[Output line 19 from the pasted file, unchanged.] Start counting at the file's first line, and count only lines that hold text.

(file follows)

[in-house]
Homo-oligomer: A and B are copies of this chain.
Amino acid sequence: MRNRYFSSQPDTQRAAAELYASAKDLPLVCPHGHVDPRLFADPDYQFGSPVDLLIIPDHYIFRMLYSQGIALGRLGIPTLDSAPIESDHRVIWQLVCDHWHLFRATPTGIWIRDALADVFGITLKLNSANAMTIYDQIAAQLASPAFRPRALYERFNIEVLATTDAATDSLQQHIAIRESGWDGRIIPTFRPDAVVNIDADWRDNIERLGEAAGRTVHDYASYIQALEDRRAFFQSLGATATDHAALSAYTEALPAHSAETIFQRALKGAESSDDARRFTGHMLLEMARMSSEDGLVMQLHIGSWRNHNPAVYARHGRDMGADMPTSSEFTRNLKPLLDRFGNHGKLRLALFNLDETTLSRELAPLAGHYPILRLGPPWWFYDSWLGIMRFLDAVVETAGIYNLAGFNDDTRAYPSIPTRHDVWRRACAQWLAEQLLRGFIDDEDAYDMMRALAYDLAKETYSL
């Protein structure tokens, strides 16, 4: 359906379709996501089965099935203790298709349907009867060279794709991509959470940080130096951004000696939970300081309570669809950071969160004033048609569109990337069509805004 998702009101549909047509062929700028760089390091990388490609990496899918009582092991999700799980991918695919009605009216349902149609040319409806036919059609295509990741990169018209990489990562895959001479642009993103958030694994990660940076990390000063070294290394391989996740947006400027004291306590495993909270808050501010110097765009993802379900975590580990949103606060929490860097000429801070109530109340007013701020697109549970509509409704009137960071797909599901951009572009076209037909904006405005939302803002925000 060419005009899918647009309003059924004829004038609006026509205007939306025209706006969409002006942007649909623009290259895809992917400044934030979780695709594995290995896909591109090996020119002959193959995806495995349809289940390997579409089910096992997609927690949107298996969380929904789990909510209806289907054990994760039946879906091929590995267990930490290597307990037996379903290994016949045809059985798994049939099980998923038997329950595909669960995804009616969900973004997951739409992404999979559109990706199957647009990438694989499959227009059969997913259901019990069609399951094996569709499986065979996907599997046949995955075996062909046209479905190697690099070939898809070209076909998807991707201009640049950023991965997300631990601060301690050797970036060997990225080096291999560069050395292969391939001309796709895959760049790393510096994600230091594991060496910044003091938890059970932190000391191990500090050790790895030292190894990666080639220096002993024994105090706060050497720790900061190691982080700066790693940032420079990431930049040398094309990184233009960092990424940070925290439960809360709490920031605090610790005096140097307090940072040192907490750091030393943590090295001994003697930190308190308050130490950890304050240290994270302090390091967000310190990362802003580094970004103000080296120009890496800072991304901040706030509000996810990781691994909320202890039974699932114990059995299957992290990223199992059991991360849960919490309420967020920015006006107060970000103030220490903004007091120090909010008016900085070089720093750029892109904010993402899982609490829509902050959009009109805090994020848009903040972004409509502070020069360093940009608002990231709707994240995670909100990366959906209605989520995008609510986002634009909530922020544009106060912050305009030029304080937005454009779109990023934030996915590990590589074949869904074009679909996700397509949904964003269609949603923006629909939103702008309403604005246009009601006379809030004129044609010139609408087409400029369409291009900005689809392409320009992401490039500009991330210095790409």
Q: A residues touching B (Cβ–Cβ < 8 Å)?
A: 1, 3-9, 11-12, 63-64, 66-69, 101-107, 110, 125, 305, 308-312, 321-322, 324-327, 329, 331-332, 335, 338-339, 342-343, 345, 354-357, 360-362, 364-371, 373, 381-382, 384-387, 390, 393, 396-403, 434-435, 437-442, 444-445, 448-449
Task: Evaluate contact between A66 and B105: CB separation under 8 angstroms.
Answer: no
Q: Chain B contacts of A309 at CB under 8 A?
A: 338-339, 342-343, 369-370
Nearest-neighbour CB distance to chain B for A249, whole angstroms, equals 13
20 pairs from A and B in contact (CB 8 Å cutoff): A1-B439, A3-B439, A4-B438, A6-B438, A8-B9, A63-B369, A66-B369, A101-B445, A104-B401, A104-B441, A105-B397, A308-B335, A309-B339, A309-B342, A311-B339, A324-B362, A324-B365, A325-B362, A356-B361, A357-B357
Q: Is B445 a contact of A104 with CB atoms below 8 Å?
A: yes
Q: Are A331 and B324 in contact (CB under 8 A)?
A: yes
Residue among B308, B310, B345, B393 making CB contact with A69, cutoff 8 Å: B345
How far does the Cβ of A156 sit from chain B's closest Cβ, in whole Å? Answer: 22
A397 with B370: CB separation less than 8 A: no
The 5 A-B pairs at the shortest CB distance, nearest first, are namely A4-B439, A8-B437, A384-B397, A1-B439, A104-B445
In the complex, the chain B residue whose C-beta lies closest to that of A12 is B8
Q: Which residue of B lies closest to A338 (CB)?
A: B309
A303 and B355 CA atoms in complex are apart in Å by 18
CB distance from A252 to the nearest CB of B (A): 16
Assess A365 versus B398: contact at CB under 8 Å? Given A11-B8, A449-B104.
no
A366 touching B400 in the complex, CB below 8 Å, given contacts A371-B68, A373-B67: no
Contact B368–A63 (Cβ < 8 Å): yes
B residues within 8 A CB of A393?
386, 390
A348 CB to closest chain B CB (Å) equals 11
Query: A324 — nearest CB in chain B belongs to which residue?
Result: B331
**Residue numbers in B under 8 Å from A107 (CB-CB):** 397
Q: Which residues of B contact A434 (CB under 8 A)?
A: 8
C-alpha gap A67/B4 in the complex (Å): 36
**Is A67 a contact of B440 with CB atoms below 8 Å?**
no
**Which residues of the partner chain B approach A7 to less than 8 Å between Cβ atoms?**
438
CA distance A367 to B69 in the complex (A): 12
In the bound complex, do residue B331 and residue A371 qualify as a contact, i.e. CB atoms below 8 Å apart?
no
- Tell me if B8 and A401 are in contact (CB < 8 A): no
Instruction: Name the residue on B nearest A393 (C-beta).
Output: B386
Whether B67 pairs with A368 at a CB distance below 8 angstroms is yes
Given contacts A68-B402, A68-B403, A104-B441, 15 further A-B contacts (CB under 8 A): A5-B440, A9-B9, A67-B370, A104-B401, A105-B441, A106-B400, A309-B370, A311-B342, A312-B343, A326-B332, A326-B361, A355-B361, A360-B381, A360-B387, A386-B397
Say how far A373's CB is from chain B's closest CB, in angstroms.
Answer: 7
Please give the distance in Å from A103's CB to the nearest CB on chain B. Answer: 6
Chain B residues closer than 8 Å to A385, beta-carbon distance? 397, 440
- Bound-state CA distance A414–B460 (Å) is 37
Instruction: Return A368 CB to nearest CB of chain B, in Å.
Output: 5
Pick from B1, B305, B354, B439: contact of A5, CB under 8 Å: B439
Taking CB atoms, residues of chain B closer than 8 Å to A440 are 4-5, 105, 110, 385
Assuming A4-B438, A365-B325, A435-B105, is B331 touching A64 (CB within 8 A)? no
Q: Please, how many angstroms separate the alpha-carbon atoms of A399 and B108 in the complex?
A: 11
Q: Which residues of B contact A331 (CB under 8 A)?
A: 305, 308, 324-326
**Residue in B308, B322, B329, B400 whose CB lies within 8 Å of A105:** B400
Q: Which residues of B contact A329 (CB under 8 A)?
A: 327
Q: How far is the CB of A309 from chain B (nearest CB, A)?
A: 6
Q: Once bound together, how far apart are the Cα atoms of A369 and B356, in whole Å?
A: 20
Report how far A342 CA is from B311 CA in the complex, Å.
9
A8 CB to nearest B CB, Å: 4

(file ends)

A397 with B370: CB separation less than 8 A: no